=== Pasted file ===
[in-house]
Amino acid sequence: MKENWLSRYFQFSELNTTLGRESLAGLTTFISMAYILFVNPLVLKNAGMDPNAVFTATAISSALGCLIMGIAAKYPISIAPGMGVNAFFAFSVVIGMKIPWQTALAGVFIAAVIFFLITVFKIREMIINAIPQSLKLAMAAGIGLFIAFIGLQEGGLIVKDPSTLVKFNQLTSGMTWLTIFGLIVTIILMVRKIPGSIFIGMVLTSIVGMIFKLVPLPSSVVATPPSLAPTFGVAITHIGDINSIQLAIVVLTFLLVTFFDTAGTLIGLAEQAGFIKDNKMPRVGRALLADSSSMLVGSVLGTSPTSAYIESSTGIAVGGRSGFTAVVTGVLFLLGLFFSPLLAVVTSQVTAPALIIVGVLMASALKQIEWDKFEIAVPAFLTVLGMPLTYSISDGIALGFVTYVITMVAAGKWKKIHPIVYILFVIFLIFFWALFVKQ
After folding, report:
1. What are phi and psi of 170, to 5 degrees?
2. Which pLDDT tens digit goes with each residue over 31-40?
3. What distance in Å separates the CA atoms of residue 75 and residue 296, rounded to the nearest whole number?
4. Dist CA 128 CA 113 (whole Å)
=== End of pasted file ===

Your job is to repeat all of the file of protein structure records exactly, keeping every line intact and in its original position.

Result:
[in-house]
Amino acid sequence: MKENWLSRYFQFSELNTTLGRESLAGLTTFISMAYILFVNPLVLKNAGMDPNAVFTATAISSALGCLIMGIAAKYPISIAPGMGVNAFFAFSVVIGMKIPWQTALAGVFIAAVIFFLITVFKIREMIINAIPQSLKLAMAAGIGLFIAFIGLQEGGLIVKDPSTLVKFNQLTSGMTWLTIFGLIVTIILMVRKIPGSIFIGMVLTSIVGMIFKLVPLPSSVVATPPSLAPTFGVAITHIGDINSIQLAIVVLTFLLVTFFDTAGTLIGLAEQAGFIKDNKMPRVGRALLADSSSMLVGSVLGTSPTSAYIESSTGIAVGGRSGFTAVVTGVLFLLGLFFSPLLAVVTSQVTAPALIIVGVLMASALKQIEWDKFEIAVPAFLTVLGMPLTYSISDGIALGFVTYVITMVAAGKWKKIHPIVYILFVIFLIFFWALFVKQ
After folding, report:
1. What are phi and psi of 170, to 5 degrees?
2. Which pLDDT tens digit goes with each residue over 31-40?
3. What distance in Å separates the CA atoms of residue 75 and residue 296, rounded to the nearest whole number?
4. Dist CA 128 CA 113 (whole Å)